America's highest-ranking military official thinks the U.S. has bigger security problems than al-Qaeda, suicide bombers and an increasingly deadly nine-year war.
"Our national debt is our biggest national security threat," said Admiral Mike Mullen, Chairman of the Joint Chiefs of Staff, at a "Tribute to the Troops" breakfast sponsored by The Hill on Thursday morning, according to two staffers at the gathering. He also noted a troubling trend -- that veterans from Afghanistan and Iraq are becoming homeless at four times the rate the country witnessed in the wake of Vietnam.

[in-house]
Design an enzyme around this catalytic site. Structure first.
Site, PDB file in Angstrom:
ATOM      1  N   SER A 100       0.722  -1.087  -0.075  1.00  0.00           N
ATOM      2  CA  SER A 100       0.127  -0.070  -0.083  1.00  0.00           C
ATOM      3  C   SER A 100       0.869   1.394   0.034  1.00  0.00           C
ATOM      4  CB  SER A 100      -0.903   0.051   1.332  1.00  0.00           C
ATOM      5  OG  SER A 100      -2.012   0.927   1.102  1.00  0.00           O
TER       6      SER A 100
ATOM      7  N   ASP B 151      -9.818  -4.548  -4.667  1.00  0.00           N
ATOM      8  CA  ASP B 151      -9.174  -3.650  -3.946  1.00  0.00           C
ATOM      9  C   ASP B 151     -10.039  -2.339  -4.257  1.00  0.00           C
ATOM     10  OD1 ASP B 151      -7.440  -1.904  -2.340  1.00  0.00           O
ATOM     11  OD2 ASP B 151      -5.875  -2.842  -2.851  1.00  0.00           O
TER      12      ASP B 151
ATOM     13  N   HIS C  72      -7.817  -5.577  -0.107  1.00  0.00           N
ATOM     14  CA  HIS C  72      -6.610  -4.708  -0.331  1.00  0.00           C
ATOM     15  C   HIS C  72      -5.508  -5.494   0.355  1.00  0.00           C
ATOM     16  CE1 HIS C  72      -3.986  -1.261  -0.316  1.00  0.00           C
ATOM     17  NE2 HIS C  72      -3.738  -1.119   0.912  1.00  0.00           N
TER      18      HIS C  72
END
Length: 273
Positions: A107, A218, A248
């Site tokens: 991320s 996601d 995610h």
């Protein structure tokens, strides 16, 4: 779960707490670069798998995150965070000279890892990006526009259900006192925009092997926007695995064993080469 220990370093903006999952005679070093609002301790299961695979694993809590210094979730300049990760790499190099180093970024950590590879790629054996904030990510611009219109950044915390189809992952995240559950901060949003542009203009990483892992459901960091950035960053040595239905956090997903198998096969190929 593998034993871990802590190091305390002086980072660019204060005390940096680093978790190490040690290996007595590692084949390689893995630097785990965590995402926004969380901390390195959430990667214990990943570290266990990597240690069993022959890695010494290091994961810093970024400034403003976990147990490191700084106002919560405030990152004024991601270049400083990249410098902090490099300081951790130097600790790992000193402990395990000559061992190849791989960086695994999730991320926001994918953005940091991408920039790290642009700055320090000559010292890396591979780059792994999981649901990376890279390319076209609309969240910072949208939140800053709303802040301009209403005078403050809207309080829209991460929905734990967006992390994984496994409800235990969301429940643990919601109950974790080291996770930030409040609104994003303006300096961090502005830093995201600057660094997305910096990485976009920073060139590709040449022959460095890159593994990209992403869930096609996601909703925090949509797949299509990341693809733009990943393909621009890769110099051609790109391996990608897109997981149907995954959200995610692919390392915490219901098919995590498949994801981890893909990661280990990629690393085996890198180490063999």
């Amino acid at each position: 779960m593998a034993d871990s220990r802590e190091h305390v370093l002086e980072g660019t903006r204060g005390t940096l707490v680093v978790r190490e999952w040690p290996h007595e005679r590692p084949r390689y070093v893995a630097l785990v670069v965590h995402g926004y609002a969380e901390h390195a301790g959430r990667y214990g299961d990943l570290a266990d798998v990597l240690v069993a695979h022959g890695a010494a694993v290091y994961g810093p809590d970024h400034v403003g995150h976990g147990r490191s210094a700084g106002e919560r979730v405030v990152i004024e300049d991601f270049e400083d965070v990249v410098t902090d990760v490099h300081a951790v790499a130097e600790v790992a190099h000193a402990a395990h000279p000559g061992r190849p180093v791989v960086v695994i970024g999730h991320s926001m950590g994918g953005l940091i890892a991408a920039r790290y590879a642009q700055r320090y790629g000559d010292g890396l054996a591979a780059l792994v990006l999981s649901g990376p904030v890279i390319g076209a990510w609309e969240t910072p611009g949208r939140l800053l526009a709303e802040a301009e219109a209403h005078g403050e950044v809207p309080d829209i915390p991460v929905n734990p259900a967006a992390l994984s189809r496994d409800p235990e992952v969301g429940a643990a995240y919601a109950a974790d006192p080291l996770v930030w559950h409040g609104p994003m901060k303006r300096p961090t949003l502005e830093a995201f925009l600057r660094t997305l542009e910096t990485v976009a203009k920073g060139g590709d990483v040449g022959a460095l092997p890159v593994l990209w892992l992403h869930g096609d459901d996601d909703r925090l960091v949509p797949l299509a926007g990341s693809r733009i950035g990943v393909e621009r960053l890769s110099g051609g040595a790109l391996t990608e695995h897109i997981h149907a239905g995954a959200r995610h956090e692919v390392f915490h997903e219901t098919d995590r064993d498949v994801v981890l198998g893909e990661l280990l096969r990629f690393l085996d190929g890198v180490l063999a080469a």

Mullen's national security analysis may sound off the wall, but a large number of Americans agree, according to a recent Gallup poll. Gallup reports that terrorism and federal government debt are tied as the most worrisome perceived threats to Americans, with healthcare costs ranking a close third. Only 26 percent of Americans polled deemed the Iraq and Afghanistan wars to be "extremely serious" threats to the future well-being of the U.S., compared with four in ten who ranked the national debt at that level.